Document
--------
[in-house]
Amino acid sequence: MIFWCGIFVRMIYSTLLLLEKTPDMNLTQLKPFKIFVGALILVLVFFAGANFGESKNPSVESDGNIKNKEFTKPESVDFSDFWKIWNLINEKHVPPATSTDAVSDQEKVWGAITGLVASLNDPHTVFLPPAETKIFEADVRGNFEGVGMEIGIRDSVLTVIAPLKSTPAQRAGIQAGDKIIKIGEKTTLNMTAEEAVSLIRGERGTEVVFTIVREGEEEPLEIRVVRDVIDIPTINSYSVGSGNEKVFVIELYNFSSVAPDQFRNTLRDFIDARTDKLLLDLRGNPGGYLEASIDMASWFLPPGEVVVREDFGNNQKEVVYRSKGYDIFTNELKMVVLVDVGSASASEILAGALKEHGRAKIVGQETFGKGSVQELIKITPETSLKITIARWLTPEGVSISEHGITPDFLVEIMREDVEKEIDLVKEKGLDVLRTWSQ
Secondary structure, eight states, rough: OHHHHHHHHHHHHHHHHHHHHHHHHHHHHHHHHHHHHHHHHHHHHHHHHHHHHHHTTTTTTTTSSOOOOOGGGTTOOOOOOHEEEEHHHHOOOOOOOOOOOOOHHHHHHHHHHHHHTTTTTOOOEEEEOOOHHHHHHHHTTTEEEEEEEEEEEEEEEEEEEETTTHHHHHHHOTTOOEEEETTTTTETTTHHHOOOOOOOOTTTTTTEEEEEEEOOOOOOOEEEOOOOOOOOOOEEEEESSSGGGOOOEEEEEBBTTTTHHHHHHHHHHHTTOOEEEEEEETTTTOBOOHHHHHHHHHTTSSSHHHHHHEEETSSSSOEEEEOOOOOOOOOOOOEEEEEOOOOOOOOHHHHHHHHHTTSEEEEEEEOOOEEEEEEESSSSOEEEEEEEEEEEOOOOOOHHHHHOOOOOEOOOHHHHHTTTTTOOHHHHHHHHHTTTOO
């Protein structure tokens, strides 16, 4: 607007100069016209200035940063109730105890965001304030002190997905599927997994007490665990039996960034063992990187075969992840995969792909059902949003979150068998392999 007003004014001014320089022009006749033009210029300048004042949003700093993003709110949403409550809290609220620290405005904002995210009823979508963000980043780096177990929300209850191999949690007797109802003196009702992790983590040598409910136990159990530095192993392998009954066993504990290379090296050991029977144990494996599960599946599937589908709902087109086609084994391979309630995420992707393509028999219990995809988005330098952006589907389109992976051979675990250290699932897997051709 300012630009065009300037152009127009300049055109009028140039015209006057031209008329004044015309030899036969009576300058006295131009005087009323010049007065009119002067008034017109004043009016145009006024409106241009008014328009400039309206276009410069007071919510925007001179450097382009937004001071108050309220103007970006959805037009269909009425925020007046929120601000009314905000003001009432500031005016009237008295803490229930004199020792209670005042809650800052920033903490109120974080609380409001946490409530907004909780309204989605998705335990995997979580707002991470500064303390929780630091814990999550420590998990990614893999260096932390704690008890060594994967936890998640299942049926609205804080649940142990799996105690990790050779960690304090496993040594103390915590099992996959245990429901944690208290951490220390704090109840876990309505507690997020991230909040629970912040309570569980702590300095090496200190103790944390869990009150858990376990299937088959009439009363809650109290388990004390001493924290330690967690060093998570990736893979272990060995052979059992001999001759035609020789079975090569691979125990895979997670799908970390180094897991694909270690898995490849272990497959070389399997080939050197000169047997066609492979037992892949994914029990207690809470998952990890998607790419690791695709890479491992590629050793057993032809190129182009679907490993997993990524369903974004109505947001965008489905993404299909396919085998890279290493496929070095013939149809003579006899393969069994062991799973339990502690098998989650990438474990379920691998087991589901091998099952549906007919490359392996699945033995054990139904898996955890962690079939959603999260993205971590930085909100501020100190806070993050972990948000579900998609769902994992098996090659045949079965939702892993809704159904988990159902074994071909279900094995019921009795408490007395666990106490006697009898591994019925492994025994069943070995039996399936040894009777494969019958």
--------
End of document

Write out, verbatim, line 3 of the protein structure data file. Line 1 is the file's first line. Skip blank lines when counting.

Secondary structure, eight states, rough: OHHHHHHHHHHHHHHHHHHHHHHHHHHHHHHHHHHHHHHHHHHHHHHHHHHHHHHTTTTTTTTSSOOOOOGGGTTOOOOOOHEEEEHHHHOOOOOOOOOOOOOHHHHHHHHHHHHHTTTTTOOOEEEEOOOHHHHHHHHTTTEEEEEEEEEEEEEEEEEEEETTTHHHHHHHOTTOOEEEETTTTTETTTHHHOOOOOOOOTTTTTTEEEEEEEOOOOOOOEEEOOOOOOOOOOEEEEESSSGGGOOOEEEEEBBTTTTHHHHHHHHHHHTTOOEEEEEEETTTTOBOOHHHHHHHHHTTSSSHHHHHHEEETSSSSOEEEEOOOOOOOOOOOOEEEEEOOOOOOOOHHHHHHHHHTTSEEEEEEEOOOEEEEEEESSSSOEEEEEEEEEEEOOOOOOHHHHHOOOOOEOOOHHHHHTTTTTOOHHHHHHHHHTTTOO